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Trial of Curtis Reeves postponed due to confusion about 'stand your ground' law

Curtis Reeves will not be tried in February for the shooting death of Chad Oulson.

The long-awaited trial of Pasco movie theater shooter Curtis Reeves has been placed on hold indefinitely.

On Friday, a judge decided there was just too much confusion regarding changes to Florida’s "stand your ground" law to continue aiming for a Feb. 25 trial date.

Distraught, and disappointed, Nicole Oulson walked out of the Pasco courthouse. Her husband Chad argued with Reeves over popcorn and a cellphone inside a Wesley Chapel movie theater in 2014.

Words flew, then popcorn – then Reeves fired a shot, killing Oulson.

After close to five years, the ruling was devastating for Oulson’s widow.

“[She] has to now explain to a little girl who is old enough to understand that her dad is no longer here," Oulson family attorney T.J. Grimaldi said. "And, she has to continue to explain to her why this continues to drag on."

After a 10-day hearing last year, Sixth Judicial Circuit Judge Susan Barthle denied Reeves’ "stand your ground" claim.

But weeks later, Florida’s legislature changed the law, shifting the burden to prosecutors.

Since then, there have been mixed rulings on whether that change should be retroactive, and legal grounds, perhaps entitling defendants like Reeves to a new hearing.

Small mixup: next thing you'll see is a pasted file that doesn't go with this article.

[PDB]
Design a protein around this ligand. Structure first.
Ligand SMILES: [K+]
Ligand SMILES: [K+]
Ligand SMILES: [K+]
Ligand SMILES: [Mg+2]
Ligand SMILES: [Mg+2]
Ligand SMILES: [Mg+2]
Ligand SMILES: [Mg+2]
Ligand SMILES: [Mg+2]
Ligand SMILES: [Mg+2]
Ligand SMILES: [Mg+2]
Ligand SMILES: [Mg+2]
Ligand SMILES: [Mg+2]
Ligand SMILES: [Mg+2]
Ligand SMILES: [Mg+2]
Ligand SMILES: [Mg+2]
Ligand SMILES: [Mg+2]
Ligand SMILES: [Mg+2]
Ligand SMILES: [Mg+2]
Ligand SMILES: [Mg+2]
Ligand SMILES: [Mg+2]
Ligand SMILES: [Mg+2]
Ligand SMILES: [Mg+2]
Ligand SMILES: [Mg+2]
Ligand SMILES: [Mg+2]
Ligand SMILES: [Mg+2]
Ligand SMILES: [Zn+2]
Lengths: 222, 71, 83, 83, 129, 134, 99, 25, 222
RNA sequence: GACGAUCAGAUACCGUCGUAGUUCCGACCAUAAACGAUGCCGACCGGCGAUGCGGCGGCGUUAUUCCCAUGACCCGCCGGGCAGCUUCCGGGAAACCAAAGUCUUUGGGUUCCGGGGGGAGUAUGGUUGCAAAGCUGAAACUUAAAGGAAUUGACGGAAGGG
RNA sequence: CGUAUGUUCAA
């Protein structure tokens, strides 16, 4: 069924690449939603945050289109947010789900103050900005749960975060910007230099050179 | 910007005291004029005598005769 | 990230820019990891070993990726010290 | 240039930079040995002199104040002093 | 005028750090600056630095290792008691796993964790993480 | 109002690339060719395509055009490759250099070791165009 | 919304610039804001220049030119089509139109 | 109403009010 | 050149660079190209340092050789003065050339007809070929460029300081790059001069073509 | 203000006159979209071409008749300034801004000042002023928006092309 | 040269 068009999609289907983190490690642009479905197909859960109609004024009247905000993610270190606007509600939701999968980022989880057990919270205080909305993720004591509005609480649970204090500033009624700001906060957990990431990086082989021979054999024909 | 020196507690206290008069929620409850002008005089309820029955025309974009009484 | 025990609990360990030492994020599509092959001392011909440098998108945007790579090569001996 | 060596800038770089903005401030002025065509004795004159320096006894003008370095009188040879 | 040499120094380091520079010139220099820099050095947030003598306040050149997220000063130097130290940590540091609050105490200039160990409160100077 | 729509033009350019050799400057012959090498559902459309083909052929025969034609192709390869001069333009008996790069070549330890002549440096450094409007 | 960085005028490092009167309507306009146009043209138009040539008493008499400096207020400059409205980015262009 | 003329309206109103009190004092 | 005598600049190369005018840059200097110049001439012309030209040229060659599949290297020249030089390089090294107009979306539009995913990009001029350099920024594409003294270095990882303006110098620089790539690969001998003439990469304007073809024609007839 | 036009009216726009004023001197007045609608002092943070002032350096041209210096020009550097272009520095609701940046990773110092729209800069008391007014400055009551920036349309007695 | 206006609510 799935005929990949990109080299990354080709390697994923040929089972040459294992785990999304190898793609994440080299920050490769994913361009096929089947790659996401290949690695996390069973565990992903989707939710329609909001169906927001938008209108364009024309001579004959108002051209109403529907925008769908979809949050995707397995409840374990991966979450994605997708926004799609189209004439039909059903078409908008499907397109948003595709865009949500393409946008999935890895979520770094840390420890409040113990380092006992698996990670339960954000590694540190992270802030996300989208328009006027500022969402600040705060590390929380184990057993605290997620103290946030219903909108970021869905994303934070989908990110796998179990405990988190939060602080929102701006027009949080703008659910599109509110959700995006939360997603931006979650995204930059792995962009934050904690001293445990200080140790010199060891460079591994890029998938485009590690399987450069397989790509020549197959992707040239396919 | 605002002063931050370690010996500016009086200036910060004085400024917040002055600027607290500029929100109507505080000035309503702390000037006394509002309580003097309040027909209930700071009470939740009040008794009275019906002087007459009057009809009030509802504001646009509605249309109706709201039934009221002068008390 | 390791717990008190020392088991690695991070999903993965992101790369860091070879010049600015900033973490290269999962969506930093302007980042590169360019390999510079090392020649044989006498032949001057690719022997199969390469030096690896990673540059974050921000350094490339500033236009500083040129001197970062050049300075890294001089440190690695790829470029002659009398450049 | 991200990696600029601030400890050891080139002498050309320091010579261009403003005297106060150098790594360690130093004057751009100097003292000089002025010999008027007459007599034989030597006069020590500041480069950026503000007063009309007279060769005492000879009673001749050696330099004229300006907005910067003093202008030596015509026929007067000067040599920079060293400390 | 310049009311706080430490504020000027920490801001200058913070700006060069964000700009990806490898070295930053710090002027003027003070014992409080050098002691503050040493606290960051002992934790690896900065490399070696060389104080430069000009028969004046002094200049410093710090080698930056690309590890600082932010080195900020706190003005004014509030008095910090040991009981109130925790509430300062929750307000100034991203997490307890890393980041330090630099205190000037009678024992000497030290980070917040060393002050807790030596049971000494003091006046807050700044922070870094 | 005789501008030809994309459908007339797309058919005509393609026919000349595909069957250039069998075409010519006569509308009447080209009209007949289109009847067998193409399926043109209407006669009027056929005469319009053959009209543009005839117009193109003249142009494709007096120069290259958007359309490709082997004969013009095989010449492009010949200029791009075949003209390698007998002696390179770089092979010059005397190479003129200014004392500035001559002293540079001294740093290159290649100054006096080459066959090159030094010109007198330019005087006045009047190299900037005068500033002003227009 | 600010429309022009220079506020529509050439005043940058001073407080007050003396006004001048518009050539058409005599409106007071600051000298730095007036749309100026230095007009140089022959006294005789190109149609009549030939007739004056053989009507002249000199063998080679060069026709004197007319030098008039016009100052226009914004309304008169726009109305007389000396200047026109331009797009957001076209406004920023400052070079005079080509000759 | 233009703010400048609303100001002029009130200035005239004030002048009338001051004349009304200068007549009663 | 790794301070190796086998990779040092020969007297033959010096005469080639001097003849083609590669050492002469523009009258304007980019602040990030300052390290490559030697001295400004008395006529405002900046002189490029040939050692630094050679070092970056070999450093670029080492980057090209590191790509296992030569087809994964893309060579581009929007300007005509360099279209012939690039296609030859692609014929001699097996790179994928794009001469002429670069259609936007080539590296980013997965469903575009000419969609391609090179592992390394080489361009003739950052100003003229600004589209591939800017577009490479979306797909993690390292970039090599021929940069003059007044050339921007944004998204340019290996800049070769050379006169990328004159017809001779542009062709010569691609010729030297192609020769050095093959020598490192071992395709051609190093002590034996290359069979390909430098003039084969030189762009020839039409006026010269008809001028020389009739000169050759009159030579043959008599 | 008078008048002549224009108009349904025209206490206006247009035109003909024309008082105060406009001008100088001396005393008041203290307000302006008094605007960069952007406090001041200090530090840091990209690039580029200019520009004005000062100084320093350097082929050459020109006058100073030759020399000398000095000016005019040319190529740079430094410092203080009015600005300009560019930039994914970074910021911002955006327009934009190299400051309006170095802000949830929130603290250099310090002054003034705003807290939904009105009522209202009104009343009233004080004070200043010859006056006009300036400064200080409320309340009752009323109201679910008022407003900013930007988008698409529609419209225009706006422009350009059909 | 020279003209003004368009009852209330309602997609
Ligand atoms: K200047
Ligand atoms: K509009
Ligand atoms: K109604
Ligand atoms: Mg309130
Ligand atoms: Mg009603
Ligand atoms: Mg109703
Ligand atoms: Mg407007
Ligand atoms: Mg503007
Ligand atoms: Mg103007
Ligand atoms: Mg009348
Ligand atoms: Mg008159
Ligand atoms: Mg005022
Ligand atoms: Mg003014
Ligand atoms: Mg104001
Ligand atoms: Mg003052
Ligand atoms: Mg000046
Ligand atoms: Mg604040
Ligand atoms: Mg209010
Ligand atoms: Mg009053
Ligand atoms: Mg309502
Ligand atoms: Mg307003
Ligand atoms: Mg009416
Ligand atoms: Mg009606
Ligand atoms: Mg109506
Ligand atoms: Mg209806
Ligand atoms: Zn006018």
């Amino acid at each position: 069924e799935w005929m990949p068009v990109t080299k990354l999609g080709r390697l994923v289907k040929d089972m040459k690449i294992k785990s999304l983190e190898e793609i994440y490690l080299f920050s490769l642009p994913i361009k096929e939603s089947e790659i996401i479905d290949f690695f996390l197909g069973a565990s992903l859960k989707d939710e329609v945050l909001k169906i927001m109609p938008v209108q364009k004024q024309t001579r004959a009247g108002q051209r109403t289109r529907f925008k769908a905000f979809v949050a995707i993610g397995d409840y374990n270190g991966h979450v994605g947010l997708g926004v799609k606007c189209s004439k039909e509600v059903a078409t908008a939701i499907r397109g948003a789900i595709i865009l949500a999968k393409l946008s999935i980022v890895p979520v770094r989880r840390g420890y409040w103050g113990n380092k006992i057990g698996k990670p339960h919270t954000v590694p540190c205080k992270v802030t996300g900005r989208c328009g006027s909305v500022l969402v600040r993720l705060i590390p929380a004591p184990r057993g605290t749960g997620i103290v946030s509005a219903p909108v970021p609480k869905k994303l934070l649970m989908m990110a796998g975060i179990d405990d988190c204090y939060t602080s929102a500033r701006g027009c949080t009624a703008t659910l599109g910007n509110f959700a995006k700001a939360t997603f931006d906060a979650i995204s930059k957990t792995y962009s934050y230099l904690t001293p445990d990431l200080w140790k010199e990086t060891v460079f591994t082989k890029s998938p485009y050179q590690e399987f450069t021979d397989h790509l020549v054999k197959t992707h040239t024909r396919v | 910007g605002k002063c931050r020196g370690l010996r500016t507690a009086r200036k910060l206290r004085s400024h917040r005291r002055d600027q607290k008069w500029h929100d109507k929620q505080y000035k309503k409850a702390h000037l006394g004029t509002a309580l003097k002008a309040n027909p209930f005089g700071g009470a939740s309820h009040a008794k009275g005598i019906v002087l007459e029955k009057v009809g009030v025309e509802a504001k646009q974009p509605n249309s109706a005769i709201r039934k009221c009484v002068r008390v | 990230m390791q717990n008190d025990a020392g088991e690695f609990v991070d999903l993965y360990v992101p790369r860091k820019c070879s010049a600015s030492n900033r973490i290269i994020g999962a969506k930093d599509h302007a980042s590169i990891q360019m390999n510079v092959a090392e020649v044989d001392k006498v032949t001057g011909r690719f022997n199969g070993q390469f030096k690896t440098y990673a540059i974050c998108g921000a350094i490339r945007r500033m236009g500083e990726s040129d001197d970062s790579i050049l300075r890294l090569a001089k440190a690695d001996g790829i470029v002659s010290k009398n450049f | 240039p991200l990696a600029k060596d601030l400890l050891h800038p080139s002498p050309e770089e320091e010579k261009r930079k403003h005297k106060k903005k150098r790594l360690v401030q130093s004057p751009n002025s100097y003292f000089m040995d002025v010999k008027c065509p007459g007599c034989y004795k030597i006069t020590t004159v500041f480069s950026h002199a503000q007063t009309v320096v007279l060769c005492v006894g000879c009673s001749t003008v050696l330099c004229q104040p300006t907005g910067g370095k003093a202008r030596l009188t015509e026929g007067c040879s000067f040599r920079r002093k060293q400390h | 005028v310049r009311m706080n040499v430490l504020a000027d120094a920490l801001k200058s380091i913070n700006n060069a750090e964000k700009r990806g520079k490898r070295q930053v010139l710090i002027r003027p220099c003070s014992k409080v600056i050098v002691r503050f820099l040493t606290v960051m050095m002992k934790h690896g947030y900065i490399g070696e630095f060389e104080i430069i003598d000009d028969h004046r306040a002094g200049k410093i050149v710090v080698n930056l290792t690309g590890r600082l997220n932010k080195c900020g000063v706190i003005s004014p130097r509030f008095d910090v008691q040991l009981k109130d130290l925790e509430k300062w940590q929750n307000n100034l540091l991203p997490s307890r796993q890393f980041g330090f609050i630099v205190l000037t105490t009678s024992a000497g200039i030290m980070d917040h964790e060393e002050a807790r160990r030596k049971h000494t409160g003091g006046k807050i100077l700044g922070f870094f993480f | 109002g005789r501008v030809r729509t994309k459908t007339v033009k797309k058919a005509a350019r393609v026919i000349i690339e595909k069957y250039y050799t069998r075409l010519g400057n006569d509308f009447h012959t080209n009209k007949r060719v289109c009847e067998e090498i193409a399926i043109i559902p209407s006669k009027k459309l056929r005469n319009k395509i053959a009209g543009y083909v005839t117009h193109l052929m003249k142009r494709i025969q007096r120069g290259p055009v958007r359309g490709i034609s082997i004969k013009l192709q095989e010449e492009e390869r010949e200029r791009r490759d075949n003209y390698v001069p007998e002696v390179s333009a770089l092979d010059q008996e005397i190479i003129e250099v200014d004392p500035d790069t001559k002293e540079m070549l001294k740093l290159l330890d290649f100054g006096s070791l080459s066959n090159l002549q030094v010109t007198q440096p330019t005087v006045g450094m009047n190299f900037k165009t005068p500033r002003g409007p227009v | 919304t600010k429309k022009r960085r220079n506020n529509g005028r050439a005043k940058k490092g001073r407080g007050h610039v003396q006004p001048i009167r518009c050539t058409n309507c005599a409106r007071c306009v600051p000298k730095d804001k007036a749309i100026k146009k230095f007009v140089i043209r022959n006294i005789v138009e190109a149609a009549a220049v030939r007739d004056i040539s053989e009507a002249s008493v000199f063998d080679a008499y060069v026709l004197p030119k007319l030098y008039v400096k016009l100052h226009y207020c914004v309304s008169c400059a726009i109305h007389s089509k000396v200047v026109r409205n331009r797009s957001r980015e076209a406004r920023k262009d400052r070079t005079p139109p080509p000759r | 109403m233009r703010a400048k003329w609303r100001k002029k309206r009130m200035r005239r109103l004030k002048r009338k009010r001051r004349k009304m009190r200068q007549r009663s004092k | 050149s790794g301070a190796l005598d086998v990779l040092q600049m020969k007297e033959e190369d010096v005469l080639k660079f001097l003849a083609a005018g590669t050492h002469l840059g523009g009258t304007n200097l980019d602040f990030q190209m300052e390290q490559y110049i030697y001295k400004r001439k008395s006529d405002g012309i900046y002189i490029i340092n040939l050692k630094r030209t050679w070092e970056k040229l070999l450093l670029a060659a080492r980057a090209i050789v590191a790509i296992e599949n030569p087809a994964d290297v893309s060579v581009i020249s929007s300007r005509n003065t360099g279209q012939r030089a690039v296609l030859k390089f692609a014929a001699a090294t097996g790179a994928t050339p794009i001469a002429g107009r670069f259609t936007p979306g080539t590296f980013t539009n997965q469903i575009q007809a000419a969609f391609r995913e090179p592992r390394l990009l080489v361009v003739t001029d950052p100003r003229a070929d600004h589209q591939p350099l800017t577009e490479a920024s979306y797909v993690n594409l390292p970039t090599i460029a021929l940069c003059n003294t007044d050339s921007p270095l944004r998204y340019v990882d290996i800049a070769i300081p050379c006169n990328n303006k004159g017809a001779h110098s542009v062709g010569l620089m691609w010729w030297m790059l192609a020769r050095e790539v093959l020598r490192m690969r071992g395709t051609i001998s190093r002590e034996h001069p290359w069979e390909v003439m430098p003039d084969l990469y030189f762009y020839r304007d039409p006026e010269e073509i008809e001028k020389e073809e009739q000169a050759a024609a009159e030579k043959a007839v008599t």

One appeals court said it should be retroactive, while another said it shouldn't be.

With no clear legal path, Judge Barthle decided to err on the side of caution and wait for a "stand your ground" ruling from Florida's Supreme Court first.

“This case just isn’t ripe for trial,” she said. “I need a date that I know we are going to have -- that everything is going to be settled.”

Barthle said she'd rather have "multiple root canals" than go through another 10-day "stand your ground" hearing before there was clear guidance from a higher court.

“I think certainly it’s the right ruling,” said Reeves’ defense attorney Richard Escobar.

Escobar conceded in court that at 75, Reeves, a retired Tampa Police captain currently on house arrest -- would likely die in prison if convicted.

Asked about another delay, Escobar said, “It could be years. What’s worse, a person in prison for 20 years and all of a sudden 20 years later we find out that he’s innocent? Tell me, what’s worse?:

Grimaldi, answering on behalf of Nicole Oulson said they understand the legal issues.

“But, again, he gets to stay home with his family," Grimaldi said. "He gets to see his grandkids. He gets to stay with his wife, and he will hopefully one day have his day in court.”

Grimaldi says in his opinion, regardless of who had the burden of proof, Judge Barthle has seen all she needs to in this case to make a decision about whether or not Reeves is entitled to a "stand your ground" defense.

But, Grimaldi also acknowledged that if Barthle proceeded with the trial based upon that, it would almost certainly be grounds for appeal.

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